(579d) Modulating Endothelial Cell Response to Crosslinked Artificial Extracellular Matrix Proteins | AIChE

(579d) Modulating Endothelial Cell Response to Crosslinked Artificial Extracellular Matrix Proteins


Liu, J. C. - Presenter, Purdue University
Tirrell, D. A. - Presenter, California Institute of Technology and Joseph J. Jacobs Institute for Molecular Engineering for Medicine

A family of artificial extracellular matrix (aECM) proteins was designed for soft-tissue engineering applications. These proteins consist of i) elastin-based structural repeats to confer mechanical properties, ii) fibronectin cell-binding domains to promote cell adhesion, and iii) lysine residues that serve as crosslinking sites. Previous work established that cell-binding domain choice and context (i.e. amino acid choice more than 14 residues away from the cell-binding domain sequence) can be used to alter cell adhesion and spreading response to aECM proteins. This study demonstrates that ligand density of crosslinked aECM films provides another tool for controlling cell response.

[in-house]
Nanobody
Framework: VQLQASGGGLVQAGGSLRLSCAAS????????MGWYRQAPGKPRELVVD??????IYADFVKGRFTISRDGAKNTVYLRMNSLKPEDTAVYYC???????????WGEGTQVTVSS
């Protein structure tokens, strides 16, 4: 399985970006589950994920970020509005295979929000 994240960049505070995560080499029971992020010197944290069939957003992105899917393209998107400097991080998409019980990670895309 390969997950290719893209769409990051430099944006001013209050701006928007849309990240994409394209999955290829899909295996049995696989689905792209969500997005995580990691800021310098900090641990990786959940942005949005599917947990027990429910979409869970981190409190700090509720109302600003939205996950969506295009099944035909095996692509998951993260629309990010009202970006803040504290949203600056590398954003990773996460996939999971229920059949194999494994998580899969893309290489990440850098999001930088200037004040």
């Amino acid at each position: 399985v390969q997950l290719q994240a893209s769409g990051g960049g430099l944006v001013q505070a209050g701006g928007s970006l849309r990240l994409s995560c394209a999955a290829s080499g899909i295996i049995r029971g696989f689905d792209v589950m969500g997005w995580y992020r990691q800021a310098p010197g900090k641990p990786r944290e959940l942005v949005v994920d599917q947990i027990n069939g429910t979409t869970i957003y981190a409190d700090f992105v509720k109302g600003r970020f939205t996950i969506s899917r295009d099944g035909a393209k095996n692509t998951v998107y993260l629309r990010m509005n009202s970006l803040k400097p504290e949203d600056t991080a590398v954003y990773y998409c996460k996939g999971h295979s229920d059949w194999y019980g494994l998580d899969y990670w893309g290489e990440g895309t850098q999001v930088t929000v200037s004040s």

We previously showed that cells adhere specifically to both the RGD and CS5 cell-binding sequences in adsorbed aECM proteins. This work focuses on aECM-RGD, a variant that contains the RGD sequence, and aECM-RDG, a negative control protein that contains a scrambled cell-binding domain. Covalent attachment of poly(ethylene glycol) (PEG) to crosslinked aECM substrates decreased nonspecific cell adhesion to aECM-RDG-PEG but did not preclude sequence-specific adhesion of endothelial cells to aECM-RGD-PEG. To alter cellular responses, ligand density was varied by mixing aECM-RGD and aECM-RDG prior to crosslinking. Increasing the RGD density resulted in more robust adhesion and spreading responses but did not affect cell motility rates. Control of cell-binding domain density in aECM proteins can thus be used to modulate cell adhesion and spreading, and will serve as an important design tool as these materials are developed further for use in surgery, tissue engineering and regenerative medicine.